Bianchi Demolition, LLC, a nationally recognized demolition firm in Syracuse, NY, was recently awarded the demolition of the Onondaga Lake Bridge along the south shore of the lake. The bridge was built to carry traffic and pedestrians from the west to east. However, it also contained the 36-in. forced sewer main on the south side, which was the City of Syracuse's entire waste from the west side of the city to the metropolitan treatment plant.
Due to the forced main, there could be no vibration during the demolition, and each day, vibration monitors were set into place. If the forced main were to incur some sort of penetration or separation, the emergency outflow would deposit 3 million gallons of raw sewage into the lake per day.
The structure was built out of bridge steel with three rows of concrete panels for the decking. Each panel was 3' x 10' by 1-ft. thick and weighed approximately 6,000 lbs. The bridge was approximately 900 ft. long, and each of the three lanes had 300 concrete panels. The estimate for the project was calculated based on rigging and removing one panel every two minutes with an operator, hydraulic excavator and a laborer with nylon slings.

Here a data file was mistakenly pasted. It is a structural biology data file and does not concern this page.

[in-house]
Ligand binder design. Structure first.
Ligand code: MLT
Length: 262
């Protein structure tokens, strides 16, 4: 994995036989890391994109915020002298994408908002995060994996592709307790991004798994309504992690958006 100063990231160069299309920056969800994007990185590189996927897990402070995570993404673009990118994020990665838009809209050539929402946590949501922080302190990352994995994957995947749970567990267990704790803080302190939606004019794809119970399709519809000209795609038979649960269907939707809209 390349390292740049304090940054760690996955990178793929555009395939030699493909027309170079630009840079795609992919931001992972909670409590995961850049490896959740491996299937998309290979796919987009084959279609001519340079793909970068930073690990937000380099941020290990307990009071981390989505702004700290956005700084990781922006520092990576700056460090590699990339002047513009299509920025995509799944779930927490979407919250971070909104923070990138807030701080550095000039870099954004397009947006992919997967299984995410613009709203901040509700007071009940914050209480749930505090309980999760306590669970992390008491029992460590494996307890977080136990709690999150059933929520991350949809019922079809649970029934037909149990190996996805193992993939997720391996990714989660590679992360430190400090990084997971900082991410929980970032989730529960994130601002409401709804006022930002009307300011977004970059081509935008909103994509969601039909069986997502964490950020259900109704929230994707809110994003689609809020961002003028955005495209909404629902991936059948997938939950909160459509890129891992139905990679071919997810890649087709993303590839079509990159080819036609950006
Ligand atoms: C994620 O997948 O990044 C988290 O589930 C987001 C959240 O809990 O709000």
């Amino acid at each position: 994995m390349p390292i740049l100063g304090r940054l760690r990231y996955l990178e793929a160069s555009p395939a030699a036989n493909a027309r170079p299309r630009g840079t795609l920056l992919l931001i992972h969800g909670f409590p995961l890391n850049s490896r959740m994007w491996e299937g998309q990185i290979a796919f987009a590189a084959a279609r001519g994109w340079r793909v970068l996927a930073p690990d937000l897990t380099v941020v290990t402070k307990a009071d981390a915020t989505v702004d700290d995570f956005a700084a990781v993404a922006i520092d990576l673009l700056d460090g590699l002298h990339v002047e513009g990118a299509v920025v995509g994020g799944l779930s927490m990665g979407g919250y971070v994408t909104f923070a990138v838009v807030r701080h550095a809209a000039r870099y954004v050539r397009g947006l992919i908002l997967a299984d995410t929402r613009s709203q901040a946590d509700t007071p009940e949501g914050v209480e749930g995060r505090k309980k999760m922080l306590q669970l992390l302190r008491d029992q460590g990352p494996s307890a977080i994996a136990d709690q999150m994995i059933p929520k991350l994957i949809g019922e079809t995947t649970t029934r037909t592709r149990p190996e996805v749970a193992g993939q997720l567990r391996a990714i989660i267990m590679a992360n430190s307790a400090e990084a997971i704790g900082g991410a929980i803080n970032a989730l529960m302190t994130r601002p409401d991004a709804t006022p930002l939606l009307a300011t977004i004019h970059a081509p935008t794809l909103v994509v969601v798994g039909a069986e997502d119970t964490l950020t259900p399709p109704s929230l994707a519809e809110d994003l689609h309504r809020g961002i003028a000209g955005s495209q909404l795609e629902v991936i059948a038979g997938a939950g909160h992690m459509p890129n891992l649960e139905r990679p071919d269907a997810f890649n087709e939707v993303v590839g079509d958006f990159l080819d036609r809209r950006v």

David Bianchi, managing partner for Bianchi Demolition, worked with Gregory Cveykus, Kenco's director of engineering and design, to assess the project's material-handling needs. They collectively opted to go with the Slab Lifter, primarily for the safety aspect. "Once we received the Slab Lifter and put it to work, we found it saved us a considerable amount of time and dollars," Bianchi states.
The Slab Lifter was maneuvered onto the concrete slab, then it was simply lifted and stacked. "By using the Slab Lifter, we removed panels using only a machine operator and excavator, without the need for additional laborers," says Bianchi. "It took just 15 seconds per panel for removal and placement. This calculated out to be an enormous time saver. It literally cut 7/8ths of the estimated time out. What was projected to take six weeks was accomplished in two and a half days."